Katy Duke
18 Dec 11:10am

Inspiration and humility from COP15

Yesterday I and two colleagues (from OneWorld UK) were excluded from the Bella Centre as the NGO numbers there were slashed, so we made our way to the KlimaForum to continue our ‘broadcast from a suitcase’. If only I’d had time to find you Ben, we could have beamed your thoughts around the world live. We witnesses the most moving moments of the fortnight at the Candlelit Vigil in the adjacent ØKSNEHALLEN where Bill McKibben, reps from the gloriously energetic Youth Climate Movement and one of the Climate fasters spoke movingly and we all sang in unison (footage to follow). The contrast with the Bella Centre was deep, but there were moments at the heart of the talks where civil society made its voice heard loud and clear to the mass of well-heeled delegates, notably the sit-in in the foyer by Friends of the Earth when they were unexpectedly excluded on Wednesday, the walk-out by Indigenous Rights Group on the same day and the sit-in by the Youth Climate Movement We interviewed Andy Atkins about the exclusion in the foyer & he reflected some of the anger surrounding the heavy handed approach of the Danish police, as did Naomi Klein in her Guardian piece ‘Copenhagen’s policing by design’ and Temujen Gunawardena on the Reclaim Power party at Christiania

The organisation of the conference has in many ways been poor, with people who travelled from around the world suddenly excluded – yesterday the thriving NGO hall from where we broadcast was like a ghost village and the queues have at times been ludicrous Keeping us in good spirits were the Avaaz team (mostly excluded on Wednesday also!) with their ‘Fossil of the Day’ awards, which we film & show each day. We are gradually uploading all the key interviews on the OneWorld TV slot of YouTube – where you can find fantastic interviews with President Mohamed Nasheed of the Maldives – (what an incredible speaker!), Andy Atkins, Amy Goodman of Democracy Now!, Taukiei Kitala from Official Tuvulu Delegation –, Christina Ora, a youth delegate from the Solomon Islands – & even our very own ‘Lord Tosser’ – ….., plus snippets such as Sarkozy and Merkel arriving –, an exclusive chat with Yvo yesterday and John Prescott’s views (I chatted with him about our shared hometown of Rotherham before his appearance on the Stupid Show) here –

We have been broadcasting daily since the start of the talks, from 2pm – 7.30pm each day, then facilitating the Stupid Show from 8pm til 9pm, and consequently are all pretty exhausted, plus infected by the ‘Cop Cough’ but it has been exhilerating and fascinating too. The two-suitcase broadcast from a reclaimed trolley camping just inside the entrance can be seen here – (my ‘station’ on the right) & here –, more pics on & We are still broadcasting live on, so catch the final throes as optimism swings to pessimism & back again…….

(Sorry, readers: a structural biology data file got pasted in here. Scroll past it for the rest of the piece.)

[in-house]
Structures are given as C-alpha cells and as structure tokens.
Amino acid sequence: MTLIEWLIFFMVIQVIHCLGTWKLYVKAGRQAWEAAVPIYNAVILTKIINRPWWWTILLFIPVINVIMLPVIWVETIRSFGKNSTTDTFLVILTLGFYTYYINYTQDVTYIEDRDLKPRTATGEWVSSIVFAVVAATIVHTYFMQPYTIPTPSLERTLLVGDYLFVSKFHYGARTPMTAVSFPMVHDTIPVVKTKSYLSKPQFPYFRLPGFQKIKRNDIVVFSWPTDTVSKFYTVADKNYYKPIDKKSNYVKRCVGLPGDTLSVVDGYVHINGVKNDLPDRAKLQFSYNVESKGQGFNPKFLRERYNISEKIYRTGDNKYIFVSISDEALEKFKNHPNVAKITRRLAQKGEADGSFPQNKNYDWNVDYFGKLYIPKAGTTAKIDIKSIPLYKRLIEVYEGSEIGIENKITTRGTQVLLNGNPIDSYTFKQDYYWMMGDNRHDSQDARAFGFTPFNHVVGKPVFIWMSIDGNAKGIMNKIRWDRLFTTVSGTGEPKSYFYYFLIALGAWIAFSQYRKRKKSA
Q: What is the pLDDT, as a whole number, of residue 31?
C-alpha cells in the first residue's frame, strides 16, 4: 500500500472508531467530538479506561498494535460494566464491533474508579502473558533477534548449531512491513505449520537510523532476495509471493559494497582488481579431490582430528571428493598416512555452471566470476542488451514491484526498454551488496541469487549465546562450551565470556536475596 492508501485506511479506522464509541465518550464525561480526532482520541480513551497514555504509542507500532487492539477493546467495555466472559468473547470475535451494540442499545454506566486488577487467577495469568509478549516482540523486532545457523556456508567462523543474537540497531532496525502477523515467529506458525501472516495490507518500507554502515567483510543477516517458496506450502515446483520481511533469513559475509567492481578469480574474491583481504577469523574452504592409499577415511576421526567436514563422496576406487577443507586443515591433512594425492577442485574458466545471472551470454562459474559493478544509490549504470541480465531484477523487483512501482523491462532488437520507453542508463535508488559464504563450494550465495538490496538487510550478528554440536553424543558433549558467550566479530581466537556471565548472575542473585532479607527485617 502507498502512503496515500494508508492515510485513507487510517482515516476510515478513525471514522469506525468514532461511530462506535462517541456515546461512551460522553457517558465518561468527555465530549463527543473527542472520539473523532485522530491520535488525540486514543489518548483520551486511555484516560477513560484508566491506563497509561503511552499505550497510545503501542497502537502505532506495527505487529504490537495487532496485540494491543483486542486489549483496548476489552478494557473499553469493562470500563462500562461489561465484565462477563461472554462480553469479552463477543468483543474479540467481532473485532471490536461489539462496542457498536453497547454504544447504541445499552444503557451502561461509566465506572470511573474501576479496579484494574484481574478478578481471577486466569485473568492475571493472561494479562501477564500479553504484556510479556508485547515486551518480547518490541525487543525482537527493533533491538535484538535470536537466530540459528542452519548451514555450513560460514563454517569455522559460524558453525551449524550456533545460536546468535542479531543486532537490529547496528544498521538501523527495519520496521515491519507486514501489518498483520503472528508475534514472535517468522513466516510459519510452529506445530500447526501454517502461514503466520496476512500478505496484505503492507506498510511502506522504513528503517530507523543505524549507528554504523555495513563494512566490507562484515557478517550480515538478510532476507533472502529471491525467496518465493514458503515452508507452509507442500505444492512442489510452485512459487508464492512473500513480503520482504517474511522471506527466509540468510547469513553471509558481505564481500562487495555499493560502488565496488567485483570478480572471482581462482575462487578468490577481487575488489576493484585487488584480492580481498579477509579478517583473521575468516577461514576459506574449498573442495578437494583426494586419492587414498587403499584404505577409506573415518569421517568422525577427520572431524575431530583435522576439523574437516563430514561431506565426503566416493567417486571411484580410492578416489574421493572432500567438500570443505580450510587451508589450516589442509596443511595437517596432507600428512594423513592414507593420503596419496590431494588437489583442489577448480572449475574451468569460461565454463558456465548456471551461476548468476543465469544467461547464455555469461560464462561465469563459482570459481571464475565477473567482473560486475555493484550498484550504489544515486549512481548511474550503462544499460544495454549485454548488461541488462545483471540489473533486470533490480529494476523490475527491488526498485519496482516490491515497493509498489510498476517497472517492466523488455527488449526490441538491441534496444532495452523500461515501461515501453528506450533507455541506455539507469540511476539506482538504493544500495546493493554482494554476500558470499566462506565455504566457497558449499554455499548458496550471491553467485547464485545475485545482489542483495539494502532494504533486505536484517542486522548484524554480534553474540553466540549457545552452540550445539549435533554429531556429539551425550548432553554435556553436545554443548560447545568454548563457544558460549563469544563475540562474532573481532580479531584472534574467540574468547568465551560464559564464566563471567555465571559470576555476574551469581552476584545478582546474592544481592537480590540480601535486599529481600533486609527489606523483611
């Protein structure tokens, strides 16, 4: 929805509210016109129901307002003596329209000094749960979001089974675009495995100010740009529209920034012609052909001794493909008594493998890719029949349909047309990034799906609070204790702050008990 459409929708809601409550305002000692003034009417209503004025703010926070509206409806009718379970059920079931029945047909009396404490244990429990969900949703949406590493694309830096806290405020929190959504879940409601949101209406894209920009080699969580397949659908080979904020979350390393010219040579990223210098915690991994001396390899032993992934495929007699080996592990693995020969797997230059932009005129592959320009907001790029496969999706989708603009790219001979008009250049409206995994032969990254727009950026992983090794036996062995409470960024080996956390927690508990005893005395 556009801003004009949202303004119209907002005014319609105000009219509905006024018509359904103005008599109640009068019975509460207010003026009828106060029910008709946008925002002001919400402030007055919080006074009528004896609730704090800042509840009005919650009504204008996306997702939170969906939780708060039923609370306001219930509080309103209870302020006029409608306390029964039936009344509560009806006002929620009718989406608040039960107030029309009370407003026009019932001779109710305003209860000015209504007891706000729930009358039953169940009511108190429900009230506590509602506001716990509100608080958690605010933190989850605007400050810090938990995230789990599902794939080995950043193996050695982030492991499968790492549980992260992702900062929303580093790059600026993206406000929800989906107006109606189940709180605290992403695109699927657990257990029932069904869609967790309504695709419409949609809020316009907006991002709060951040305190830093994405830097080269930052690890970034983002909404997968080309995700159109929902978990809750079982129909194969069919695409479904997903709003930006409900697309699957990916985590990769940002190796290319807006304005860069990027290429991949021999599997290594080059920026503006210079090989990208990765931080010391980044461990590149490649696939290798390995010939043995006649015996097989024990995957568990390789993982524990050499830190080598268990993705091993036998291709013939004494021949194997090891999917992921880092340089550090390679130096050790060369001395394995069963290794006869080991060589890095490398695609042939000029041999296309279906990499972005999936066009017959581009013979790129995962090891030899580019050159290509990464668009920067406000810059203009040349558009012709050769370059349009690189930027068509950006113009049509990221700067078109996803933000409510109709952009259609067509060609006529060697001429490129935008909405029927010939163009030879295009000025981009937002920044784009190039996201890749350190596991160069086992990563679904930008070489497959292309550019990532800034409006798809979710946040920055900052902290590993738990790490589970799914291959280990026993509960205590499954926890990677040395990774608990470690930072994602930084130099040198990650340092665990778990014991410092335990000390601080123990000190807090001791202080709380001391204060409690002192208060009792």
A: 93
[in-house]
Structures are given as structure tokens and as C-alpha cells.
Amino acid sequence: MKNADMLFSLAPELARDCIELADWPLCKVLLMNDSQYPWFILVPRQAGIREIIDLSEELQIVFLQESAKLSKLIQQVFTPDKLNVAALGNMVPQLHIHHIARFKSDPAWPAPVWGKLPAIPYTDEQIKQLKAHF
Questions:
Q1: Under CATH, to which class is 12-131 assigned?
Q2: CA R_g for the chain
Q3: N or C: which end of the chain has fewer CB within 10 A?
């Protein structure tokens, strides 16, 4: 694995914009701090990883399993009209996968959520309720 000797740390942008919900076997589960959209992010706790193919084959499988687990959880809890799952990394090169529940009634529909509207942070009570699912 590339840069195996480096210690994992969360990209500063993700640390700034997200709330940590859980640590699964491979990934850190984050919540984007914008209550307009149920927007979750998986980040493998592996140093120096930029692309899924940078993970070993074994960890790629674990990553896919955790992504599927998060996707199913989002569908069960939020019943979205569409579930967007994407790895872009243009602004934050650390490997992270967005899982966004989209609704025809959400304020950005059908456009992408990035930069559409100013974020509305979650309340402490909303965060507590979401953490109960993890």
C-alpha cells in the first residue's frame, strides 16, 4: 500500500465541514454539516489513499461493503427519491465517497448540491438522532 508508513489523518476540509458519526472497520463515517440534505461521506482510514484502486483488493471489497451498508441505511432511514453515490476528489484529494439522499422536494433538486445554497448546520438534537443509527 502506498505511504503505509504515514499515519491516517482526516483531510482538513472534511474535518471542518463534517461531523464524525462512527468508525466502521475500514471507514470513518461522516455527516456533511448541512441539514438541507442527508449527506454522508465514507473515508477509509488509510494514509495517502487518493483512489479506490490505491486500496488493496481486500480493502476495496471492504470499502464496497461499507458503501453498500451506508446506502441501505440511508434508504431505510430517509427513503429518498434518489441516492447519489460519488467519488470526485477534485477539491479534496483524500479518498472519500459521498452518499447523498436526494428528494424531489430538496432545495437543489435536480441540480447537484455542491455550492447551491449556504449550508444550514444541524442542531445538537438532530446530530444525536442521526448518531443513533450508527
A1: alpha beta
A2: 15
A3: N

Stephen Watson
18 Dec 11:38am

Thank you Ben

Jennifer Hartley
19 Dec 10:23pm

Thank you for this report, Ben. From here in western Massachusetts, I share your tears of shame and your drive to create profound change. Transition Northampton (Mass., USA) is just starting to get going and I hope our efforts will converge with all of the others worldwide.

John Mason
21 Dec 1:16pm

Likewise from here in mid-Wales, Jennifer!

Thanks Ben!

I had a go at summarising COP15 that turned into a rant about the infinite-growth-on-a-finite-planet paradigm – it’s at:

Until we collectively accept the finite nature of natural resources we are going to struggle with such conferences.

Cheers – John

[…] North and South is a vital and visceral reminder of what we’re doing and why we’re doing it, as Ben Brangwyn’s recent post set out, creating powerful and vital networks.  But might we not be more creative and playful […]

Responses to Copenhagen
22 Dec 12:15pm

[…] Brangwyn (of Transition Network and Transition Totness) response from earlier in […]

danielle grunberg
27 Dec 10:28pm


A belated very great thank you for your personal stories from my ” old” town of Copenhagen.
It’s all been said before me,the personal stories are he most powerful.
I have two, almost full, buckets by my side.
Still…here’s to the future.
A Transition future…with joy guides by our side

nancy bragard
3 Jan 10:33am

Thanks, Ben, for your moving account of these powerful testimonies in Copenhagen, made known to me through a friend. She adds to your link “Not to fall prey to despair and powerlessness, but as Joanna Macy says, to move into even greater creativity and experiments.” I want to believe at the dawn of the new year that such mushrooming of consciousness over the planet can bring us to act before it’s too late… Thank you for your passion and responsibility. And the tears are all part of the package …

Kenneth Nana Amoateng
3 Feb 2:14pm

I was the first Ghanian man who to see you at the Expo stand in the KlimaForum09

“when the voice of the people become so loud the government has no alternative but to listen” Martin Luther King Jnr.

John F. Kennedy once observed that “our problems are man-made, therefore they may be solved by man.”

Kenneth Nana Amoateng
AYICC West African Coordinator
Abibimman Foundation
Ghana National Youth Coalition on Climate Change (GNYCCC)
Energy crossroads-Ghana
P.O.BOX BT 1 Tema
Flat 1/A 74 Site 3
(OPP T.DC),Commmunit 1
Tel# 233-22-213918
Mob# 2332-244023651
I’m on assignment to my generation.

Abayateye Philemon
9 Apr 9:30pm

Little efforts backed by that genuine spirit needed for action will take us there. The cases you presented are apt, especially as i can talk on the one proffered by the Ghanaian. The fears for the future are fair as we have discovered oil because this will go more to worsen the case. But, with effective advocacy on what we can do as individual citizens towards halting the negatives of climate change will surely help. We individually have something to do that does not require the intervention of sovereign authorities. It’s all about being responsible to the feelings of the climate( if it were human) coupled with advocacy from the enlightened. We can’t disappoint the world and future generations this way.
Thanks so much, Ben, and keep the struggle towards positive geo-action